SAN BERNARDINO – The last bald eagle count of the winter was conducted by citizen scientists and local Federal and State biologists around several lakes in the southern California Saturday, March 11.
The clear skies and lack of wind made it a perfect day for counting eagles! Over 200 participants scanned the sky, tree tops and shorelines for bald eagles. Twelve bald eagles (seven adults and five sub-adults) were observed during the one-hour count period at five different lakes. Bald eagles acquire the full white head and tail in their fifth year. Until then, they have different plumages of brown and white. Two sub-adults were observed at Lake Silverwood; two adults and one sub-adult at Lake Arrowhead; two adults at Lake Hemet, and three adults and two sub-adults at Big Bear Lake.
The highest number of bald eagles in southern California occurs between December and March when eagles migrate here for the winter. By the end of March, most of the migrant bald eagles have headed back north to their nesting areas. After decades of no bald eagles nesting in southern California, there are now some nesting pairs that stay year-round.
A live stream camera installed by the Friends of Big Bear, provides a peek in the life of bald eagles. The pair of eagles has been active for the past month adding and fixing up the large the nest and hopefully will lay eggs soon. The nest is on the San Bernardino National Forest and the area around the nest is closed to the public in order to protect the eagles from disturbance but the video feed can be viewed online at www.youtube.com/watch?v=iHofqKTOcKw.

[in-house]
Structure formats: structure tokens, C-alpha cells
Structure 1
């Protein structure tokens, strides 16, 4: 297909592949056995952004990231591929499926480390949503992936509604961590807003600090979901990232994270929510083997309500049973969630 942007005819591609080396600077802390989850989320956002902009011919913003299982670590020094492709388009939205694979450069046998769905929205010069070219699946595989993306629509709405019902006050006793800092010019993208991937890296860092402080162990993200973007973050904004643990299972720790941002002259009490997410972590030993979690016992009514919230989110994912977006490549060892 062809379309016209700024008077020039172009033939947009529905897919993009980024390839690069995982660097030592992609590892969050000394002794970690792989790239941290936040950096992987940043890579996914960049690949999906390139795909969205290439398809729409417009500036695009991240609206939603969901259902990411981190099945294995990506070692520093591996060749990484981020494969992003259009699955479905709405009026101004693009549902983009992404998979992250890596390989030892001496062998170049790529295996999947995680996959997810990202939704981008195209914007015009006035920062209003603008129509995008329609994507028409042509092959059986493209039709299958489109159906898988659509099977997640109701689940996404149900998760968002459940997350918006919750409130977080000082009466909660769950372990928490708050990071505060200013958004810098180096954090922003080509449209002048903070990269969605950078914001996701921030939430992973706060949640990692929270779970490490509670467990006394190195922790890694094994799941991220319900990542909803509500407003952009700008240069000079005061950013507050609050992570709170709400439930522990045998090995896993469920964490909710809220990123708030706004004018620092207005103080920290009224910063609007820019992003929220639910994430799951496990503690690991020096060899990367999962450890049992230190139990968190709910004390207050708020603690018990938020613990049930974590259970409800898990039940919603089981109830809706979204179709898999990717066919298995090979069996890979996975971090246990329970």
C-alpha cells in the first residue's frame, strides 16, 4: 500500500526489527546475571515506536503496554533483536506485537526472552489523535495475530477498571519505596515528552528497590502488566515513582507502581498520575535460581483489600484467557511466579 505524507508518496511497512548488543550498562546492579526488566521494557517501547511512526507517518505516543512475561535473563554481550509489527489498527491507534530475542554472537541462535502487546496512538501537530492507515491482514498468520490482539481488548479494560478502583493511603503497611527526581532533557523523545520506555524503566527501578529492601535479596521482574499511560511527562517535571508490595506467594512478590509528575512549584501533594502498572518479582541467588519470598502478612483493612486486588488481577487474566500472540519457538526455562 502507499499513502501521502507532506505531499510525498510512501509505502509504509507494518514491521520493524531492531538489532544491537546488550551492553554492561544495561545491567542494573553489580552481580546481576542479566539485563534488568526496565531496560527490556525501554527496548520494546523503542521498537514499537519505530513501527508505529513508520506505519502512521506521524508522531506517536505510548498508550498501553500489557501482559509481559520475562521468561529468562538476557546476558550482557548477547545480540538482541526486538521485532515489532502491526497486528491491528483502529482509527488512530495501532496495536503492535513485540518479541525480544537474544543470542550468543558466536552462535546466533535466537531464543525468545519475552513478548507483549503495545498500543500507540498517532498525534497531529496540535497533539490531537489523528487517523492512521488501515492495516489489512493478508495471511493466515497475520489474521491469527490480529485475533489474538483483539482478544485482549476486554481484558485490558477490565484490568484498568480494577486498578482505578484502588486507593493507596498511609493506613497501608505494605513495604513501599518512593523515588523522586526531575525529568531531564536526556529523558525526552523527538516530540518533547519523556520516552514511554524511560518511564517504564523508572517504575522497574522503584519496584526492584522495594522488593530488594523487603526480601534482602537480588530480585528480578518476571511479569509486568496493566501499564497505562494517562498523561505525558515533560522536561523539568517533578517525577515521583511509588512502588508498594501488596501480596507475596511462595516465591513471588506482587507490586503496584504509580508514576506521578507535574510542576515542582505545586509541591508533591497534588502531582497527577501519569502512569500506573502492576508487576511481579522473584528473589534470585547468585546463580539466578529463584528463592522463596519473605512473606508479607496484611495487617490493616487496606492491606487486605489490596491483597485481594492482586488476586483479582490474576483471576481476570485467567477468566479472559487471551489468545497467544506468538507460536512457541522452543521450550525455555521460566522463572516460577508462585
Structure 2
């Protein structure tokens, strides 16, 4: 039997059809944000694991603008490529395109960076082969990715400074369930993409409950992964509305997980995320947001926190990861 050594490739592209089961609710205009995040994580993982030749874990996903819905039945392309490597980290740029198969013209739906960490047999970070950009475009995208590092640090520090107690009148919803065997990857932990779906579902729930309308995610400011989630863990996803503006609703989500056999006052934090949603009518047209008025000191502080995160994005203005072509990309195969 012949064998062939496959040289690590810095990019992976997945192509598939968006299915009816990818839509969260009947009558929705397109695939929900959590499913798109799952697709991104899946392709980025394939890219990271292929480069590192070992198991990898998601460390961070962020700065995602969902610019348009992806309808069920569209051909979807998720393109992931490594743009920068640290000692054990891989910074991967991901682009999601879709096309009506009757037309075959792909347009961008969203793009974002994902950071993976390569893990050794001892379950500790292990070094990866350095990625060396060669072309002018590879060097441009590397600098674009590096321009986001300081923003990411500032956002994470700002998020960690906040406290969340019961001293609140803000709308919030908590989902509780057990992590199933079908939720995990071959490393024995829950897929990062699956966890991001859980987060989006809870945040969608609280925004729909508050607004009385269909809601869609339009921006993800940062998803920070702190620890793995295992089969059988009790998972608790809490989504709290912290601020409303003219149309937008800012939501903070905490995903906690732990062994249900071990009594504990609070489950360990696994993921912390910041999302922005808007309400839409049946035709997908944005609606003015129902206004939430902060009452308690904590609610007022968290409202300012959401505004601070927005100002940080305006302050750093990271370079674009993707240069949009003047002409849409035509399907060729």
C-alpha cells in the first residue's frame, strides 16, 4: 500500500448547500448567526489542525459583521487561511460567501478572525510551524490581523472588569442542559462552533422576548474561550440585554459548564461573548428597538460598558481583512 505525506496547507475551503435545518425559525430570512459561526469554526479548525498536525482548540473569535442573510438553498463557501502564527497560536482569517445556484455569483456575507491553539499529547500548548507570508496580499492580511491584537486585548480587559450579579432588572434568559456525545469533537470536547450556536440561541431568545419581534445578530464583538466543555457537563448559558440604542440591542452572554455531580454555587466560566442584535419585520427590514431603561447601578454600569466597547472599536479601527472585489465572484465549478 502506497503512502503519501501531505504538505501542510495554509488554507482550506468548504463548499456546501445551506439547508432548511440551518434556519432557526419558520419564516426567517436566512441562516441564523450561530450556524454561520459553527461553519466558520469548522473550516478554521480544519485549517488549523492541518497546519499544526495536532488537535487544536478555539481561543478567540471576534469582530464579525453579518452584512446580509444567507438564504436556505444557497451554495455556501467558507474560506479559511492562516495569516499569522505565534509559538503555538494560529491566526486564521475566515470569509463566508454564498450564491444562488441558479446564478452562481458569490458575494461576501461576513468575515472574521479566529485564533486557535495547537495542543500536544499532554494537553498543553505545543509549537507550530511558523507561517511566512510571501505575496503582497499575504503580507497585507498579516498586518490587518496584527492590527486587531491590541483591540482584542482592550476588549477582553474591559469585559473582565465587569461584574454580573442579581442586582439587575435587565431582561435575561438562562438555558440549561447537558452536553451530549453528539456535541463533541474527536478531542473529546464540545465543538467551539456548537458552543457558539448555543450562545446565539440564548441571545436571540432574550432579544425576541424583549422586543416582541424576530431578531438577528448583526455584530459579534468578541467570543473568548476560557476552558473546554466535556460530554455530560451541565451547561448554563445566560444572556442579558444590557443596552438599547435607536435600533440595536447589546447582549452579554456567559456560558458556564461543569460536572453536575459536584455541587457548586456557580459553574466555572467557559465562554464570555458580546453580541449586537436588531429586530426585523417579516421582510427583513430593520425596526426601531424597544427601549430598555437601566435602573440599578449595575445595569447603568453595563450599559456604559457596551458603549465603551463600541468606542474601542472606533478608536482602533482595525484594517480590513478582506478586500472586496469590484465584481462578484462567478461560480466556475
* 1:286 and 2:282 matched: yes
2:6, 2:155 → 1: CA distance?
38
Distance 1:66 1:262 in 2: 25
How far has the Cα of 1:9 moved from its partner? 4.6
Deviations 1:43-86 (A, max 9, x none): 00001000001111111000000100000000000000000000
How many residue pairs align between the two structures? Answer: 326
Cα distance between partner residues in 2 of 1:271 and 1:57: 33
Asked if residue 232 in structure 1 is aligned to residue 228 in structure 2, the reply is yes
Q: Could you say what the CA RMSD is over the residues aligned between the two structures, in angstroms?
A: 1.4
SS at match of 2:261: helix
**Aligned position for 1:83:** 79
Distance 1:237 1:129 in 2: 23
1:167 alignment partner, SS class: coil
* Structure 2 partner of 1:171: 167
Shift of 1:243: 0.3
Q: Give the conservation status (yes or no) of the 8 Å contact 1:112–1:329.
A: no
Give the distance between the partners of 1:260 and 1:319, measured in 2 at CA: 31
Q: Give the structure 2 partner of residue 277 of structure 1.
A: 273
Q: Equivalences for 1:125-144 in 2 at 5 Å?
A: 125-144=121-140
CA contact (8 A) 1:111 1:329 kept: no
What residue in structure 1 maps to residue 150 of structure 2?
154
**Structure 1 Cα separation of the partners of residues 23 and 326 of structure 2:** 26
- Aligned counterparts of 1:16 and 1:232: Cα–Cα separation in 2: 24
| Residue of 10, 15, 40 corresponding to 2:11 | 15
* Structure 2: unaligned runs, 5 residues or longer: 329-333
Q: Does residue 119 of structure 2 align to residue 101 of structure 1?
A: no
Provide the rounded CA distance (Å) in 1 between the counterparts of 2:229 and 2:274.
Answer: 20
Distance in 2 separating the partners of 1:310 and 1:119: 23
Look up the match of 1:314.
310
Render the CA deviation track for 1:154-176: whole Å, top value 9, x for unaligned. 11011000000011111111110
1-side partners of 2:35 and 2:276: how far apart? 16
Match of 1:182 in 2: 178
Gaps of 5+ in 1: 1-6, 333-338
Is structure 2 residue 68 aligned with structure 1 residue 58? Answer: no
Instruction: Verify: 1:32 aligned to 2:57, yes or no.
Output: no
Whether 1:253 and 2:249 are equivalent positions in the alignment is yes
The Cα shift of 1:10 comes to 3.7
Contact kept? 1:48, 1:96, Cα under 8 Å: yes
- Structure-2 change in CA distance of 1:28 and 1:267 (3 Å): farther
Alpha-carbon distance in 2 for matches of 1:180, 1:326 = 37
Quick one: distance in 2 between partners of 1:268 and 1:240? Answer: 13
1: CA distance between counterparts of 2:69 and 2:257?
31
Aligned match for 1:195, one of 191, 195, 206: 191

The count coordinators from the Forest Service and State Recreation Areas would like to thank those participants for their dedication in getting up early and participating in the eagle censuses this winter. The success of the eagle counts is entirely dependent on the citizen scientists.
About the U.S. Forest Service: The mission of the U.S. Forest Service, part of the U.S. Department of Agriculture, is to sustain the health, diversity and productivity of the nation’s forests and grasslands to meet the needs of present and future generations. The agency manages 193 million acres of public land, provides assistance to state and private landowners, and maintains the largest forestry research organization in the world. Public lands the Forest Service manages contribute more than $13 billion to the economy each year through visitor spending alone. Those same lands provide 20 percent of the nation’s clean water supply, a value estimated at $7.2 billion per year. The agency has either a direct or indirect role in stewardship of about 80 percent of the 850 million forested acres within the U.S., of which 100 million acres are urban forests where most Americans live.